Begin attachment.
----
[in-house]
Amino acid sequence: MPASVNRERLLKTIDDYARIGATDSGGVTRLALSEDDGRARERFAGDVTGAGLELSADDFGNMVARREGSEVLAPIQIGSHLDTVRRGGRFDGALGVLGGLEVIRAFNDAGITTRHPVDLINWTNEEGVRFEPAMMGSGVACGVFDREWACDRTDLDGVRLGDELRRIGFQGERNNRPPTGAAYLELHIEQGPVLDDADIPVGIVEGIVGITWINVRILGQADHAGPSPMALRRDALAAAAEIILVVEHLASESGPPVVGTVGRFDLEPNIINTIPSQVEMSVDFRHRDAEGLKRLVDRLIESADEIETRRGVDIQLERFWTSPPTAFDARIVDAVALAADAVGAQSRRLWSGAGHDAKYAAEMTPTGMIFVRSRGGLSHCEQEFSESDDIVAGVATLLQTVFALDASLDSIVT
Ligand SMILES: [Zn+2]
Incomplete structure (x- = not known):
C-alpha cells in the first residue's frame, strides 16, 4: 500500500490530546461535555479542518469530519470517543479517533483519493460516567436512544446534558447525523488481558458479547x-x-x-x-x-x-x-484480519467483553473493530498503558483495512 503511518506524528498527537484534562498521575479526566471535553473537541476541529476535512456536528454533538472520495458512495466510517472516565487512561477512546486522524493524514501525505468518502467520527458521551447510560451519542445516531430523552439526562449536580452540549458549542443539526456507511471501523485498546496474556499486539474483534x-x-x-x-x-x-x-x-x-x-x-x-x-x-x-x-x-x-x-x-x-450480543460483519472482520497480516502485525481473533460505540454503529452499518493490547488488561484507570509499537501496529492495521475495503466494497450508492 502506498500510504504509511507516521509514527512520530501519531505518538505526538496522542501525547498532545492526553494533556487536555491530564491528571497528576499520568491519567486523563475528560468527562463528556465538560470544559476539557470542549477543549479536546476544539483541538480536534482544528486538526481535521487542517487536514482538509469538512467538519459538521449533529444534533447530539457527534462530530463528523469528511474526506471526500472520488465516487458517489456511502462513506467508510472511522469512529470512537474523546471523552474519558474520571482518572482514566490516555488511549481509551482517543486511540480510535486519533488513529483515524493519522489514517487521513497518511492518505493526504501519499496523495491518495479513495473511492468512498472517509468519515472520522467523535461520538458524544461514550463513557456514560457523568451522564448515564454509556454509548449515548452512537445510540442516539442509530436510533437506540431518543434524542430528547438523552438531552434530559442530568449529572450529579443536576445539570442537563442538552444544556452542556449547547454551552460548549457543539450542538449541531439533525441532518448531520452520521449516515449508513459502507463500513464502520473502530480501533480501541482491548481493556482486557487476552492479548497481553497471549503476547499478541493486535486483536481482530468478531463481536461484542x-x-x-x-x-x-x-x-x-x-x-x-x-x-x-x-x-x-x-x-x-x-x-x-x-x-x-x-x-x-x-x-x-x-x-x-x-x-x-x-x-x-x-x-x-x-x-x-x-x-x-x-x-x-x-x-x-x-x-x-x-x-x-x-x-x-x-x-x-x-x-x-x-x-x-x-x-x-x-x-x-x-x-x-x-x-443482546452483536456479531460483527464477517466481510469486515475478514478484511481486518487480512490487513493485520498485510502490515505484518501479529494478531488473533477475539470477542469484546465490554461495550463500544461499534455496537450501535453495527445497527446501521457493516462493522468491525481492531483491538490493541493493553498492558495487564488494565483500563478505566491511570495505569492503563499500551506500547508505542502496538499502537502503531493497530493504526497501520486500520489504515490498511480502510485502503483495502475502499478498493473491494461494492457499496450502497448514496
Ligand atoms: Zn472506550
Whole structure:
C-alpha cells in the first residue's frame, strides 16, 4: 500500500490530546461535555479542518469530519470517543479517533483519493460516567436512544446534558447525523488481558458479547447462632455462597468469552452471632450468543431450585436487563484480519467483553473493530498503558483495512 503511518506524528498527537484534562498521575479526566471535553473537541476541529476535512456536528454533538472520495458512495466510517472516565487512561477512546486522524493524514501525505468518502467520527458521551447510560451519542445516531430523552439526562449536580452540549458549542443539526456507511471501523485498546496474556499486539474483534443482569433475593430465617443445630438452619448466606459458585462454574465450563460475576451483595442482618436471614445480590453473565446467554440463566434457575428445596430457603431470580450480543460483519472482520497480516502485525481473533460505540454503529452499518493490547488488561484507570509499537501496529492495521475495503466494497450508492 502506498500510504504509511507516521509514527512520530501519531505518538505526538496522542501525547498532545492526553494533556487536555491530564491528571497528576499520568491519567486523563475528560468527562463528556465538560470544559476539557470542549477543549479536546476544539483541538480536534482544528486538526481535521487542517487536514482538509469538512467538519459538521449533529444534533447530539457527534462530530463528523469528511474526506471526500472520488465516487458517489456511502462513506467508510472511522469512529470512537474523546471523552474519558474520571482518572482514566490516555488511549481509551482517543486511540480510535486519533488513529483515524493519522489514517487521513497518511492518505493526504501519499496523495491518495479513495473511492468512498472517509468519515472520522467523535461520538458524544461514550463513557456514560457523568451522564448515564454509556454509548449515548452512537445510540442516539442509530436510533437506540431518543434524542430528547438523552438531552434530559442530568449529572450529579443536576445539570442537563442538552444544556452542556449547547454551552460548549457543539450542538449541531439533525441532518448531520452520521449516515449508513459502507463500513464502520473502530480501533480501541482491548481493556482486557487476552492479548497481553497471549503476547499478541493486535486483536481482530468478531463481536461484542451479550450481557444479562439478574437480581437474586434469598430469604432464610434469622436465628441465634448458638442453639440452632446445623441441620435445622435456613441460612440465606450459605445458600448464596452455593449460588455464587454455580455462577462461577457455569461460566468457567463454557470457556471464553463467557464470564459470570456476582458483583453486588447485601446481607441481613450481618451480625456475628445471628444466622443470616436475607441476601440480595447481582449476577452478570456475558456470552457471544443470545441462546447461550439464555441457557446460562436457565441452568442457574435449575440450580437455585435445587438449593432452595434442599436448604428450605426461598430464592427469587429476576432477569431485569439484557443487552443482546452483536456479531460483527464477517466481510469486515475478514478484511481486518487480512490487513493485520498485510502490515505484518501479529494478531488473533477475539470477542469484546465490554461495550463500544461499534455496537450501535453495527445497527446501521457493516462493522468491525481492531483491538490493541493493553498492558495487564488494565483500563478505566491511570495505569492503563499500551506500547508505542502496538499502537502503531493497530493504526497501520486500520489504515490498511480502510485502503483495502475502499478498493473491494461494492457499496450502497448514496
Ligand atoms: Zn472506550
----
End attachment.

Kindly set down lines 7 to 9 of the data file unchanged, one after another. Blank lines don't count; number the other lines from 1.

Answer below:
Whole structure:
C-alpha cells in the first residue's frame, strides 16, 4: 500500500490530546461535555479542518469530519470517543479517533483519493460516567436512544446534558447525523488481558458479547447462632455462597468469552452471632450468543431450585436487563484480519467483553473493530498503558483495512 503511518506524528498527537484534562498521575479526566471535553473537541476541529476535512456536528454533538472520495458512495466510517472516565487512561477512546486522524493524514501525505468518502467520527458521551447510560451519542445516531430523552439526562449536580452540549458549542443539526456507511471501523485498546496474556499486539474483534443482569433475593430465617443445630438452619448466606459458585462454574465450563460475576451483595442482618436471614445480590453473565446467554440463566434457575428445596430457603431470580450480543460483519472482520497480516502485525481473533460505540454503529452499518493490547488488561484507570509499537501496529492495521475495503466494497450508492 502506498500510504504509511507516521509514527512520530501519531505518538505526538496522542501525547498532545492526553494533556487536555491530564491528571497528576499520568491519567486523563475528560468527562463528556465538560470544559476539557470542549477543549479536546476544539483541538480536534482544528486538526481535521487542517487536514482538509469538512467538519459538521449533529444534533447530539457527534462530530463528523469528511474526506471526500472520488465516487458517489456511502462513506467508510472511522469512529470512537474523546471523552474519558474520571482518572482514566490516555488511549481509551482517543486511540480510535486519533488513529483515524493519522489514517487521513497518511492518505493526504501519499496523495491518495479513495473511492468512498472517509468519515472520522467523535461520538458524544461514550463513557456514560457523568451522564448515564454509556454509548449515548452512537445510540442516539442509530436510533437506540431518543434524542430528547438523552438531552434530559442530568449529572450529579443536576445539570442537563442538552444544556452542556449547547454551552460548549457543539450542538449541531439533525441532518448531520452520521449516515449508513459502507463500513464502520473502530480501533480501541482491548481493556482486557487476552492479548497481553497471549503476547499478541493486535486483536481482530468478531463481536461484542451479550450481557444479562439478574437480581437474586434469598430469604432464610434469622436465628441465634448458638442453639440452632446445623441441620435445622435456613441460612440465606450459605445458600448464596452455593449460588455464587454455580455462577462461577457455569461460566468457567463454557470457556471464553463467557464470564459470570456476582458483583453486588447485601446481607441481613450481618451480625456475628445471628444466622443470616436475607441476601440480595447481582449476577452478570456475558456470552457471544443470545441462546447461550439464555441457557446460562436457565441452568442457574435449575440450580437455585435445587438449593432452595434442599436448604428450605426461598430464592427469587429476576432477569431485569439484557443487552443482546452483536456479531460483527464477517466481510469486515475478514478484511481486518487480512490487513493485520498485510502490515505484518501479529494478531488473533477475539470477542469484546465490554461495550463500544461499534455496537450501535453495527445497527446501521457493516462493522468491525481492531483491538490493541493493553498492558495487564488494565483500563478505566491511570495505569492503563499500551506500547508505542502496538499502537502503531493497530493504526497501520486500520489504515490498511480502510485502503483495502475502499478498493473491494461494492457499496450502497448514496
Ligand atoms: Zn472506550